Do you think the current climate has had any kind of influence on how the record has come out?


Jay: "Of course, but it’s not all bad! We were gonna self-release this much earlier, perhaps May 2020. We wanted to start promoting the record on tour, release it and tour some more. None of that happened but it also prompted us to go back to the drawing board and write more music. Further, it wasn’t till Autumn 2020 that we started talking to Pale Chord. Those guys also helped us reassess the whole situation. We gain a new perspective of having nothing to lose but everything to gain from planning the process of release properly. There was more attention paid to our online presence and image as well. It was a different experience, but incredibly enriching."



You guys have had a pretty wild ride to get to where you are now - can you pick out the top highlight of your career so far?


Jay: "Perhaps it’s the album release, who knows! But I always keep coming back to the first time we played Rock for People, a major rock festival in the Czech Republic. It was the opening day, we played in front of the main gate on the asphalt and gravel, yet hundreds of kids packed to that place and we had a chance to show all naysayers what we were about. Fast-forward to a few years later, kids in Tokyo, Japan screaming our lyrics at us, sharing the stage in sold out venues with Beartooth, headlining packed shows etc. But I don’t wanna look back too much, Late Eternity is a fresh start."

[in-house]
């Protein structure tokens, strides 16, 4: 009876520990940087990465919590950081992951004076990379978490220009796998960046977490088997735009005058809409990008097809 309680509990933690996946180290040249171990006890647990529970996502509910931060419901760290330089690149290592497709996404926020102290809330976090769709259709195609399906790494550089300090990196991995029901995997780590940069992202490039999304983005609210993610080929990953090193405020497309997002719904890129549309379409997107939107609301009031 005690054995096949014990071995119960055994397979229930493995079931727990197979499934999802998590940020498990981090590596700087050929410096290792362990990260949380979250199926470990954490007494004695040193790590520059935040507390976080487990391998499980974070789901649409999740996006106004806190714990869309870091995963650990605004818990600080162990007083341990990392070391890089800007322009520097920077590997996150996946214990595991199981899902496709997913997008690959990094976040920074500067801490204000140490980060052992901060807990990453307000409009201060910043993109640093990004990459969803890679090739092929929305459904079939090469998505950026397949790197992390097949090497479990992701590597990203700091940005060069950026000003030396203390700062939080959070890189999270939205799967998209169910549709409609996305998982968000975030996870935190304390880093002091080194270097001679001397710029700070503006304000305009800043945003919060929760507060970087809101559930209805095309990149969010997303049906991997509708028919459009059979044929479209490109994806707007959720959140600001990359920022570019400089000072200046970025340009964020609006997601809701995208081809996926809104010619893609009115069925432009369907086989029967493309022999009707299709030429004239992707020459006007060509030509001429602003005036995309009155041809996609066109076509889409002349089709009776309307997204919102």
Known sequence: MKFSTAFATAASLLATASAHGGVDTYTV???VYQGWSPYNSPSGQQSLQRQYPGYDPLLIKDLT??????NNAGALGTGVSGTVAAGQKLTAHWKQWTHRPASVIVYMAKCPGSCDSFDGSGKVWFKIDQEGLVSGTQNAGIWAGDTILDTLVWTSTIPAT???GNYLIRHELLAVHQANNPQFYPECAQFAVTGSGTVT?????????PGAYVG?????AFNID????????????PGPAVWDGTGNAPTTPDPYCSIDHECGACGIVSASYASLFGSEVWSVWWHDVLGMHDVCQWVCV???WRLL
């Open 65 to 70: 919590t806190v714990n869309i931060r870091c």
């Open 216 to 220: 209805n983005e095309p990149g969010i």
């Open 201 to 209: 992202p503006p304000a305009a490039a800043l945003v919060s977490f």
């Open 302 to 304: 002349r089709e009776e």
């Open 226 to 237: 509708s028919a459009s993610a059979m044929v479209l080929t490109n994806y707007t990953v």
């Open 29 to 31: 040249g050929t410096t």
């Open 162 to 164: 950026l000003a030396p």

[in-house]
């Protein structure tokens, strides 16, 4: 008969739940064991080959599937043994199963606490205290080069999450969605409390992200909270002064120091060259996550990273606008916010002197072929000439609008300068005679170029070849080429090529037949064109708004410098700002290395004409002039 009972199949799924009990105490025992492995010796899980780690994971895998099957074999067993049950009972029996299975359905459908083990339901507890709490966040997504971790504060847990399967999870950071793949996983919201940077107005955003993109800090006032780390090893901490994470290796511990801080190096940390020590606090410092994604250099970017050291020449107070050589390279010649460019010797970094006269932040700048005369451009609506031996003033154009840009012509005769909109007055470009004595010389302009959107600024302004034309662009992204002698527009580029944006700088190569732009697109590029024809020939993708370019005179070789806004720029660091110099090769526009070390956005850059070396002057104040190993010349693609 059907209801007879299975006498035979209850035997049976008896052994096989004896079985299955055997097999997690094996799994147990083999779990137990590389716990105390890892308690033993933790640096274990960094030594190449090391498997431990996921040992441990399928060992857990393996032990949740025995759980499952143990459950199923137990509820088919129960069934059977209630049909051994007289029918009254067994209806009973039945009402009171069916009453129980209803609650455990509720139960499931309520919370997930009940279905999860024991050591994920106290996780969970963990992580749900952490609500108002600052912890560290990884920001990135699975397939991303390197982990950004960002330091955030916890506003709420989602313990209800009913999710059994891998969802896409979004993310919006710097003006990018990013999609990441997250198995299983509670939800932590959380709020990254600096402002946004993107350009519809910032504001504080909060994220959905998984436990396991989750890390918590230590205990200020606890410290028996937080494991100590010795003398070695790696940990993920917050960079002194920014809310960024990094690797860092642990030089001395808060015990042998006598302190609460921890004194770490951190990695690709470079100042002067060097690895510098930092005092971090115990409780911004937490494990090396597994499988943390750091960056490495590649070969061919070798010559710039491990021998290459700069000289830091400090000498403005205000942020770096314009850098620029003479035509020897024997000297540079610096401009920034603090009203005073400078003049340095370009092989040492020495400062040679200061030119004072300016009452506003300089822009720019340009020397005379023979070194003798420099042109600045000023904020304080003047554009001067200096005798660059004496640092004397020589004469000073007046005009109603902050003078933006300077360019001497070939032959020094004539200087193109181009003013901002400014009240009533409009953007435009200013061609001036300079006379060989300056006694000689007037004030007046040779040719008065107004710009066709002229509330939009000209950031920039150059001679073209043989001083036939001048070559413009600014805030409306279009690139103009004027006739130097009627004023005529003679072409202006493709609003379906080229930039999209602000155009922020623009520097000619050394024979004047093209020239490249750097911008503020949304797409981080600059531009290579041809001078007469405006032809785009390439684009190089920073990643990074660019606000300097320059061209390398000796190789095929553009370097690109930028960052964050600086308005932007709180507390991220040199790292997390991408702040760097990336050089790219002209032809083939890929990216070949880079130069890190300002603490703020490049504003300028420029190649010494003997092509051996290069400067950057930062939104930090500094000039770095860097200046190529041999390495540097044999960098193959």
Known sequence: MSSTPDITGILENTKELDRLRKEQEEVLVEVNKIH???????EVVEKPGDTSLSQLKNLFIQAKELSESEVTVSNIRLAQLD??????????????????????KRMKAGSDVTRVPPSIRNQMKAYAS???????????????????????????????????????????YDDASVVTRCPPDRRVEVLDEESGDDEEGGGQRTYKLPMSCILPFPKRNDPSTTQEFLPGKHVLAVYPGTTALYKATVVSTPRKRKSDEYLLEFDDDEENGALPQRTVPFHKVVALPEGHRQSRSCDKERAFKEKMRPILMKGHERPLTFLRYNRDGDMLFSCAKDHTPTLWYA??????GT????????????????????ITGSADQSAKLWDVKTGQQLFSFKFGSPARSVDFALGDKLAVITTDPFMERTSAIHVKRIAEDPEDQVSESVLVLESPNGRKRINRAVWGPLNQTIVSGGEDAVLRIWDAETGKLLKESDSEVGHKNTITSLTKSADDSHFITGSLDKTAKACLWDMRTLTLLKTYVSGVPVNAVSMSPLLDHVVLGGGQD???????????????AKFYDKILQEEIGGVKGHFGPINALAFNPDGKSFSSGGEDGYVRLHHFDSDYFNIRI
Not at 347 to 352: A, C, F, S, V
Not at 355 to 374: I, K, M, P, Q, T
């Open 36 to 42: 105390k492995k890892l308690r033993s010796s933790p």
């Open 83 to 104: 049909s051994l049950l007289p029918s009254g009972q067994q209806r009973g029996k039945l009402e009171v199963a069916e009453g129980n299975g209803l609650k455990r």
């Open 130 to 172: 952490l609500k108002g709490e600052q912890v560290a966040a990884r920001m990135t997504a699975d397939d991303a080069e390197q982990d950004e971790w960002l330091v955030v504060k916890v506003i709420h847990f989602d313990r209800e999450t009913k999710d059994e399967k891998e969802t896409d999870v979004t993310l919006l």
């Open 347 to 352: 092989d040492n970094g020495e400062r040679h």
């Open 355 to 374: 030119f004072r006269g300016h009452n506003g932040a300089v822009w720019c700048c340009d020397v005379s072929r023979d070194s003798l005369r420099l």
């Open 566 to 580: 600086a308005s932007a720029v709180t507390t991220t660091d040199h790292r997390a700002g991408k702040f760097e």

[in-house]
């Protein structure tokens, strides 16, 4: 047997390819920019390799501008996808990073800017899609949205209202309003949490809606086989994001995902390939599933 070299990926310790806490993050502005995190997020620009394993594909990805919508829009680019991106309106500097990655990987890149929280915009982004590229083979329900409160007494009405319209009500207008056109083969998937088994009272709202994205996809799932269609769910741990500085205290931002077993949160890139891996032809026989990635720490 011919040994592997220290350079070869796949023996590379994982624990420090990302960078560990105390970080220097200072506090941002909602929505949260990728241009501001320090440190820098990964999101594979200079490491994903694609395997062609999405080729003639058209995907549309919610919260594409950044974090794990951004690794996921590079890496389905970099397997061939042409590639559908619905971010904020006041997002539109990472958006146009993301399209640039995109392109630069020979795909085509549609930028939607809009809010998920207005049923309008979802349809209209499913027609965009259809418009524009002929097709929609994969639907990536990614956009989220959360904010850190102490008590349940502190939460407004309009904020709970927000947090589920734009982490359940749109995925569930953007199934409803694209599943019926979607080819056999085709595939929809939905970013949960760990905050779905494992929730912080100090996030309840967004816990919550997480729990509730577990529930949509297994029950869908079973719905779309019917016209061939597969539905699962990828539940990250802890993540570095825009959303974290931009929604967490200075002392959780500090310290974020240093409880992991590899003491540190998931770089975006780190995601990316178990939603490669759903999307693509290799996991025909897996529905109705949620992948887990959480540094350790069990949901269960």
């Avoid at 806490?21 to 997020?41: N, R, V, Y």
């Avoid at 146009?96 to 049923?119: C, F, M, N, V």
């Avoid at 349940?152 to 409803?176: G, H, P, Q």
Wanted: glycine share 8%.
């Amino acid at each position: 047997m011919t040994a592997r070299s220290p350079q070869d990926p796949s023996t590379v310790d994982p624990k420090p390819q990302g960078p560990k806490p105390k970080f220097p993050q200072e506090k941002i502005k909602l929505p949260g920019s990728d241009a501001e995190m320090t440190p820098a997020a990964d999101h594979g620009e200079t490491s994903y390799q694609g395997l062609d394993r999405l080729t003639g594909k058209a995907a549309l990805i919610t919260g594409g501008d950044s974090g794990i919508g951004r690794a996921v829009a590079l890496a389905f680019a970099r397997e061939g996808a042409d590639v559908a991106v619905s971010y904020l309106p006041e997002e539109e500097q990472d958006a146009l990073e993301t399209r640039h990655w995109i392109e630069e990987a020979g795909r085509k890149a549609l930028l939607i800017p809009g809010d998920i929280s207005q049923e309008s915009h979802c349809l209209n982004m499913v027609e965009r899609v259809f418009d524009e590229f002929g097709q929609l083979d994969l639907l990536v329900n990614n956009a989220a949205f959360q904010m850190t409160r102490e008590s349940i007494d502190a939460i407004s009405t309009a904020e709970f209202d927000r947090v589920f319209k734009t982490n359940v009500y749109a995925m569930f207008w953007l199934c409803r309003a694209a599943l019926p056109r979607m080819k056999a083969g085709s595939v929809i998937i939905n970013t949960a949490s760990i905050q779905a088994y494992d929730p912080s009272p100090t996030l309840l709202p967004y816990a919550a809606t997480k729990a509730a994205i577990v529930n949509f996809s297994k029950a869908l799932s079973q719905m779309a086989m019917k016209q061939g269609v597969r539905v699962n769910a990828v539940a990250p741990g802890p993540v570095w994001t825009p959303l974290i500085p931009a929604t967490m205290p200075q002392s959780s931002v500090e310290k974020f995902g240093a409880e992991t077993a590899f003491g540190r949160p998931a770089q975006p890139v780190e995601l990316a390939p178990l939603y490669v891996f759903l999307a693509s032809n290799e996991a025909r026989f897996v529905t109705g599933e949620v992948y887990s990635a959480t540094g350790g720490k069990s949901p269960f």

Who would you say has been your best touring companions to date in terms of other bands you’ve shared the road with?


Jay: "The UK metalcore band InVisions, no doubt about that. We’d never had so much fun with anyone on tour before, and haven’t since. Such great friends, kind, fun guys."


It's obvious that you guys all really care about your fans. The emphasis you put on this in all your live performances is pretty clear, even via cyberspace in your Live & Locked Down stream - is there a message you’d want to send to bands that might be less involved with their fanbase?